Ever-changing moods may be toxic to the brain of bipolar patients
Bipolar disorder (BD) is a severe and complex mental illness with a strong genetic component that affects 2% of the world population. The disorder is characterized by episodes of mania and depression that may alternate throughout life and usually first occur in the early 20s.
Most recently, physicians have started to group patients as early or late-stage. Early-stage BD patients are classified as those who have had fewer episodes of either mania or depression whereas late-stage patients have had more episodes with more severe effects and are less likely to respond to treatment.
This classification between early- and late-stage BD patients has more to do with episode recurrence and severity than the length of time the patient has had the disease. BD diagnosis may be difficult to establish and may take up to 10 years from the first episode. There is no cure for BD but psychotherapy and prescription medication such as antipsychotics, mood stabilizers and benzodiazepines may alleviate symptoms.
The brain of bipolar patients shows changes such as reduction in volume and neuroprogression. The latter is a pathological version of an otherwise normal mechanism by which the brain re-writes its neuronal connections, a process that is associated to learning, memory and even recovery from brain damage. In bipolar patients, the process is associated with loss of neuron connections and clinical and neurocognitive deterioration.
A previous study has shown that the blood levels of several markers related to inflammation, oxidative stress and neurotrophins (proteins that promote neuron growth and survival) in BD patients are associated to recurrent mood episodes. For instance, the brain-derived neurotrophic factor (BDNF), a protein that promotes neuron growth and survival and helps establishing neuron connections, is lower in BD patients, as is the early-growth response 3 (EGR3), a protein associated to helping the brain cope with environmental changes such as stressful stimuli. Besides these alterations, another study has shown that abnormally low levels of chemokines (which are proteins that send signals to other cell components) have also been observed in the blood of BD patients. If these blood markers can be associated to the severity and frequency of mood episodes in BD patients, is it possible that they are also associated to changes observed in the brain of BD patients?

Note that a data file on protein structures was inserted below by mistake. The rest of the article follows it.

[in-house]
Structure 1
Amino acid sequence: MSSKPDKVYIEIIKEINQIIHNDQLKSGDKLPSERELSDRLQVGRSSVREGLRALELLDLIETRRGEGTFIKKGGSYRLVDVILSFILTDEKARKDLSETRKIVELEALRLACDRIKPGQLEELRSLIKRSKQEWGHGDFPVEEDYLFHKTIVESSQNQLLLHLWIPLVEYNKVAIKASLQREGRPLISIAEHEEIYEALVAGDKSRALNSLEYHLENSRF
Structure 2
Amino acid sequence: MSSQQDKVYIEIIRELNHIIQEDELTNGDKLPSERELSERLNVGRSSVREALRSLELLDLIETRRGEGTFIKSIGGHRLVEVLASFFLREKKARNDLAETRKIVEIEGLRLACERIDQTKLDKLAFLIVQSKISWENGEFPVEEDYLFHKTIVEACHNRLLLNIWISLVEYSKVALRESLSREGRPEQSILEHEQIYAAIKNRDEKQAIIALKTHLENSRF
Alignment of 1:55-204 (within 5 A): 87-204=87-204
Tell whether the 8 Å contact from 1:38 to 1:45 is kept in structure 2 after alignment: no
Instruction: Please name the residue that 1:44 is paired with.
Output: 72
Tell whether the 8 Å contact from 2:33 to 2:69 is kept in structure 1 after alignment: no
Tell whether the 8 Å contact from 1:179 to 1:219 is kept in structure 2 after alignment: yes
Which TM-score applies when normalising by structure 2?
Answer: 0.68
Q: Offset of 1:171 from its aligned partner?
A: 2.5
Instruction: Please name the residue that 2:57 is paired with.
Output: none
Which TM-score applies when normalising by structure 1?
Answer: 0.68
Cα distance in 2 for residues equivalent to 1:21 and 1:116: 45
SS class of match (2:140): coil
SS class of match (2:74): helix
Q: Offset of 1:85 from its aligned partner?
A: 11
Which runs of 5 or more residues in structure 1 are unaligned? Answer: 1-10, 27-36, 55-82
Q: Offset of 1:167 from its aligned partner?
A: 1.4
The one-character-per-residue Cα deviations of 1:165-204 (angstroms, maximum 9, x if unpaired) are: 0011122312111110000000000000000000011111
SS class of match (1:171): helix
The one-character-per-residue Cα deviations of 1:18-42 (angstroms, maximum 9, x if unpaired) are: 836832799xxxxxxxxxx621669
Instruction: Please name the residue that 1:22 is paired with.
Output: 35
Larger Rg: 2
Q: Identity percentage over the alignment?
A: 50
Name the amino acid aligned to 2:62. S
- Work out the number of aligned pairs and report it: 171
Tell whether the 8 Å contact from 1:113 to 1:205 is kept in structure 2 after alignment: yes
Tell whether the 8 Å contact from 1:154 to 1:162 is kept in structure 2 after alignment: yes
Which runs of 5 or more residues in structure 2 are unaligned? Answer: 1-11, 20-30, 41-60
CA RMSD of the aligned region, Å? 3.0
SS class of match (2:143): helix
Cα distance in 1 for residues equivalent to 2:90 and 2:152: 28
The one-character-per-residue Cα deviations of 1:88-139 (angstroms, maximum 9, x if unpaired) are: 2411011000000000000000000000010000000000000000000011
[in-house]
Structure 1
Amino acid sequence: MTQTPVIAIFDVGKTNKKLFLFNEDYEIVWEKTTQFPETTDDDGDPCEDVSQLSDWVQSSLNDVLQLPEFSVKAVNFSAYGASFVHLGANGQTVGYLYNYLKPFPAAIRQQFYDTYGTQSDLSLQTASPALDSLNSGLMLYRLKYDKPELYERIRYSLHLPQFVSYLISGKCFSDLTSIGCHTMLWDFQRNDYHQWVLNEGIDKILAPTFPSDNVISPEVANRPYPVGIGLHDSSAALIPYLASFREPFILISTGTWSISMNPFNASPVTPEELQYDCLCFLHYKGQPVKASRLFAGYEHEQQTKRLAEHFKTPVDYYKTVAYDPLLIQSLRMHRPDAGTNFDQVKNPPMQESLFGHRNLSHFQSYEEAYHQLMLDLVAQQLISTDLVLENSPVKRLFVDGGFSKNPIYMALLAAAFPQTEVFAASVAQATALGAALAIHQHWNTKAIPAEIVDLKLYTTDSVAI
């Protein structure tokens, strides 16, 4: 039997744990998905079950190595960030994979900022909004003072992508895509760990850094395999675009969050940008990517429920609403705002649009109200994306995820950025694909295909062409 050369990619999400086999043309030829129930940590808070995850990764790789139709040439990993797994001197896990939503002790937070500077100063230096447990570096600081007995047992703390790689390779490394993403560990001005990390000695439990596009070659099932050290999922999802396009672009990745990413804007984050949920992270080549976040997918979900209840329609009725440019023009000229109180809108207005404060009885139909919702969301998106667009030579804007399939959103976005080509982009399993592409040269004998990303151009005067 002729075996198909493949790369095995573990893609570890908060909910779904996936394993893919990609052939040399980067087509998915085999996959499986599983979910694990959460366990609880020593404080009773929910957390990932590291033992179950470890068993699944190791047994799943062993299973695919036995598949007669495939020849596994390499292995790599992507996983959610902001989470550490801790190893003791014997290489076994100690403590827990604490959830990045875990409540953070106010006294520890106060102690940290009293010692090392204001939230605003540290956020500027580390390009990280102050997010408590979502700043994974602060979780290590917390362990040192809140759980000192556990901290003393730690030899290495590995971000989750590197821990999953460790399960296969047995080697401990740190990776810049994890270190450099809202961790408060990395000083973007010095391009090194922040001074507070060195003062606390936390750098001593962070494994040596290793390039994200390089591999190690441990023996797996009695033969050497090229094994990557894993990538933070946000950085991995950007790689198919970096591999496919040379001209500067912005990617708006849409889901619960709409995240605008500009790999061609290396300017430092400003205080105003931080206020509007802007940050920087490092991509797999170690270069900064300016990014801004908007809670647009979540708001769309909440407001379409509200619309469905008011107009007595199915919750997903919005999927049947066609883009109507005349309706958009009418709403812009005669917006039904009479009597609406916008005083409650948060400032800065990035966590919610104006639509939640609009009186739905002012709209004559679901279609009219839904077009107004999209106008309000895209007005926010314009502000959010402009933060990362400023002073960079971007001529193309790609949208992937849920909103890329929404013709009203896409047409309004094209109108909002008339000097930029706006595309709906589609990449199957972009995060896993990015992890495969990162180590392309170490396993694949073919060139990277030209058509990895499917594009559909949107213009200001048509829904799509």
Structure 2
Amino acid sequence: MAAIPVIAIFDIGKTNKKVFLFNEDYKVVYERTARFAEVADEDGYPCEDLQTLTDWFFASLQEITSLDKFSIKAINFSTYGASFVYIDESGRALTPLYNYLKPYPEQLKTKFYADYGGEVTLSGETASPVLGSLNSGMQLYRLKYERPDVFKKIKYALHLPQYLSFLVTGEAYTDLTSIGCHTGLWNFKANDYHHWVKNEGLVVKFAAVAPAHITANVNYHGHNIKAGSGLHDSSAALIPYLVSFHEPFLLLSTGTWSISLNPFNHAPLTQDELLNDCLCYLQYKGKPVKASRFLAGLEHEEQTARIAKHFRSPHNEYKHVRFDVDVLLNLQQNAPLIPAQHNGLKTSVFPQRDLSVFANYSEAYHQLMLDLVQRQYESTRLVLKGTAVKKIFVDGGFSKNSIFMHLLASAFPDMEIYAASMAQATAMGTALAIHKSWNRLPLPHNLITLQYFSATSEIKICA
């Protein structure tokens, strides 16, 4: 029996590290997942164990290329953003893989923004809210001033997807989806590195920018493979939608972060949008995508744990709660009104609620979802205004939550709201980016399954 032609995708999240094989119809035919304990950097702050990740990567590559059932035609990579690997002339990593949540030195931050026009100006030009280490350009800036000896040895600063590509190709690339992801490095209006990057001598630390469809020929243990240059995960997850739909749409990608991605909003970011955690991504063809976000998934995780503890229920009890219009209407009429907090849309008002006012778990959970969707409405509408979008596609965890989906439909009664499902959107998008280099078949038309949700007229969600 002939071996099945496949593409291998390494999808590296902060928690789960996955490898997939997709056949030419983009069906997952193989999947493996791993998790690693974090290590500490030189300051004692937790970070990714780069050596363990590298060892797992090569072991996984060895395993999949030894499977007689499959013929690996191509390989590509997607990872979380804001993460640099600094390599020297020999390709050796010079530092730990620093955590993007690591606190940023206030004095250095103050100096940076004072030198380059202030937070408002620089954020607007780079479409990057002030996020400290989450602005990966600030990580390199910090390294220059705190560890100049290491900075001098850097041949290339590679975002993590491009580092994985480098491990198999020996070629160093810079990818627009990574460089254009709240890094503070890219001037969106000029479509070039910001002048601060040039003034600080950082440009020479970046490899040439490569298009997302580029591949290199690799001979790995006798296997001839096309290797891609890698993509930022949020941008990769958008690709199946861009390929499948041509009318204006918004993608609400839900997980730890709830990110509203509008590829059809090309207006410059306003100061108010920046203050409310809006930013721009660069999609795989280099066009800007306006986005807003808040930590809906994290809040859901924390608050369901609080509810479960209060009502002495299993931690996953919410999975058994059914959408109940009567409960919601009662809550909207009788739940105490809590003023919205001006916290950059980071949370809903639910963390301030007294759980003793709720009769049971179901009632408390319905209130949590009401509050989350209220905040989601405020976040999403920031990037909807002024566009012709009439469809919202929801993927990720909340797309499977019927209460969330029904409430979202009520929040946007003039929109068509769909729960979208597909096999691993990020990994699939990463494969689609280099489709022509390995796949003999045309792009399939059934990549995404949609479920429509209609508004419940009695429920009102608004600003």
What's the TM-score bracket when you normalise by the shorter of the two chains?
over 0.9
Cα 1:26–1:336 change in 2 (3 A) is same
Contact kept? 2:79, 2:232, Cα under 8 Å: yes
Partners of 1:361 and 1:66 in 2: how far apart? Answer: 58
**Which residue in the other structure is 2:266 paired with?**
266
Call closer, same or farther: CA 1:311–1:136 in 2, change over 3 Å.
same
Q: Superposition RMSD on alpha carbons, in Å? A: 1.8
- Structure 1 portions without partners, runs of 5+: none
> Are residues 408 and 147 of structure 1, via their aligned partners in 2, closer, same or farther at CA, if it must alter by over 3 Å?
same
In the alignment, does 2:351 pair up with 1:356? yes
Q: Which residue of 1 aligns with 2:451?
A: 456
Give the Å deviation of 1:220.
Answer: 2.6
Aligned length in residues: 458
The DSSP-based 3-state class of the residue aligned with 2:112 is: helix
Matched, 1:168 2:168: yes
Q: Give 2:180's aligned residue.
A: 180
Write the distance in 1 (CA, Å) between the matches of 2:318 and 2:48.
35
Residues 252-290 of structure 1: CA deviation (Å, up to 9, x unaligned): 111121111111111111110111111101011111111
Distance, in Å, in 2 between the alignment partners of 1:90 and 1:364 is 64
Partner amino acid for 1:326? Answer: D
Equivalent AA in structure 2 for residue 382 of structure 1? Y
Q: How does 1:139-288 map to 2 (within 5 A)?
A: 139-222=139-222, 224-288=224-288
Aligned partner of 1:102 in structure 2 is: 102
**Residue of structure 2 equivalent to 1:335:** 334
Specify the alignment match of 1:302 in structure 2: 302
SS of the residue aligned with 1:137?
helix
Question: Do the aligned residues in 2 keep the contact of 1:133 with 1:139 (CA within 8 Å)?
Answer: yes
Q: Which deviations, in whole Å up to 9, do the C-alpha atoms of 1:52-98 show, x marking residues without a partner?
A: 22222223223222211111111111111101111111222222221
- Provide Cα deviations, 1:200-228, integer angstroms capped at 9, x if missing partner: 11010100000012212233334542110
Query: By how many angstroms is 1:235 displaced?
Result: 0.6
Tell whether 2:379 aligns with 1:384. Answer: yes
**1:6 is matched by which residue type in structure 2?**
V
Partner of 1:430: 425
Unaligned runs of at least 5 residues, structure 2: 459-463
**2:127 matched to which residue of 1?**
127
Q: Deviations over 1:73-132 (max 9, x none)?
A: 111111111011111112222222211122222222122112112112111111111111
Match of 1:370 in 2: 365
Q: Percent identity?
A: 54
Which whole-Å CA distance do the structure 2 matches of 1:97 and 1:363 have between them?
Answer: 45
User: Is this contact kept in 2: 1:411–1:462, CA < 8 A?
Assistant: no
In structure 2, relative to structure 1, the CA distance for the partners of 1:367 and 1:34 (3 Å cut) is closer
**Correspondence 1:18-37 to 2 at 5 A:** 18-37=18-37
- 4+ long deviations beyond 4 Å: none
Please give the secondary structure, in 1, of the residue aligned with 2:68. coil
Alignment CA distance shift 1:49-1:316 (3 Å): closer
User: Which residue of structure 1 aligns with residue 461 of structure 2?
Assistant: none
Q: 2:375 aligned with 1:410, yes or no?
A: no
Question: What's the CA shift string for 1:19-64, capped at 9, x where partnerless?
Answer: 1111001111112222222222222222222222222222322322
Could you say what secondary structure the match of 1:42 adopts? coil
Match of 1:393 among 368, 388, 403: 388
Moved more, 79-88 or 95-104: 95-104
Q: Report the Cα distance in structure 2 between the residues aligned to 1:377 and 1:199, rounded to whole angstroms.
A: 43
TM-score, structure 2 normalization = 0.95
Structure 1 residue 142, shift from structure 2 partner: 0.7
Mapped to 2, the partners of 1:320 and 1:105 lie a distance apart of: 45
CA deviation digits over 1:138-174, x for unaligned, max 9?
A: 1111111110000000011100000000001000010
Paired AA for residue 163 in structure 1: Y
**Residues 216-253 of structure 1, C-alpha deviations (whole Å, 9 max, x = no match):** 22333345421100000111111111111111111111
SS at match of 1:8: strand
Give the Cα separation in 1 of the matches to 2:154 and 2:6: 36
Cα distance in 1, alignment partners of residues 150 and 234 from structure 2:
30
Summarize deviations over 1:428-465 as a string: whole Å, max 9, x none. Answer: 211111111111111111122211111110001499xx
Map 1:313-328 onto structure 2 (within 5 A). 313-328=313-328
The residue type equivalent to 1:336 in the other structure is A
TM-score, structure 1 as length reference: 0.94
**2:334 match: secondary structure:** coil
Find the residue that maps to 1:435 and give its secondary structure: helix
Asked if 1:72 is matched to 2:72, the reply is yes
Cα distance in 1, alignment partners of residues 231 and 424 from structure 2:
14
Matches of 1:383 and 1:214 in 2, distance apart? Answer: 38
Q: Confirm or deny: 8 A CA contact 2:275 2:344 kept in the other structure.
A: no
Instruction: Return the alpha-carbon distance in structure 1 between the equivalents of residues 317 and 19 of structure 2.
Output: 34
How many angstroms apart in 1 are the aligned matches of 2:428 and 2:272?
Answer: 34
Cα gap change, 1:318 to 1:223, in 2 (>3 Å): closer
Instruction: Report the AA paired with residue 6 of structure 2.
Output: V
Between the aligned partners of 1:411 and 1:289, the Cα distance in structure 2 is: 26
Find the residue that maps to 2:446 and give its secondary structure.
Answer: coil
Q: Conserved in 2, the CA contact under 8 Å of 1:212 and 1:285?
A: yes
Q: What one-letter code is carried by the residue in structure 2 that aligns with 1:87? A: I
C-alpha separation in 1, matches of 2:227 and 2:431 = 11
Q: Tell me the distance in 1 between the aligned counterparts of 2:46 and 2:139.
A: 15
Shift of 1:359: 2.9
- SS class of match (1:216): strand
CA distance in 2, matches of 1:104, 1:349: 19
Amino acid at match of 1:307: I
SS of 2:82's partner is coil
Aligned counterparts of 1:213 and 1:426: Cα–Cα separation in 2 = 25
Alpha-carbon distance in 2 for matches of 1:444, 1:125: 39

To answer this intriguing question, a group led by Fabio Klamt at the Laboratory of Cellular Biochemistry at the Federal University of Rio Grande do Sul (UFRGS), and Flávio Kapczinski at the Laboratory of Molecular Psychiatry at Clinics Hospital of Porto Alegre (HCPA), in Brazil, exposed differentiated neurons to blood serum from either healthy normal individuals or bipolar patients. The group then observed that neurons exposed to serum from bipolar patients had a significant loss in the density of neurites, which is used to estimate the number of neuron connections, if compared to neurite density of neurons exposed to serum from healthy individuals. Interestingly, when serum from early-stage and late-stage BD patients was analyzed separately, no difference in neurite density was observed between neurons exposed to serum from early-stage patients and those exposed to healthy controls' serum. However, a significant difference remained in the neurite density between neurons exposed to serum from late-stage patients and from early-stage patients or healthy controls. The group also found that the number of neurons was not that different between samples, except for those exposed to serum from patients at very late stages of the disease.
"Our results indicate that the blood of BD patients is toxic to brain cells and affects the connectivity ability of neurons. Considering our previous knowledge on the association between mood episodes and blood toxicity, we believe that the more episodes a patient has, the more cellular components are produced that impair the brain's ability to deal with environmental changes, inflammation and stress," says Klamt.
This is the first study to show the toxic effects of BD serum on human neuronal cells and to present an in vitro study model for a disease for which no animal model has been yet developed. Future studies should focus on finding drugs that can protect BD brain cells from the toxic effects of their own blood.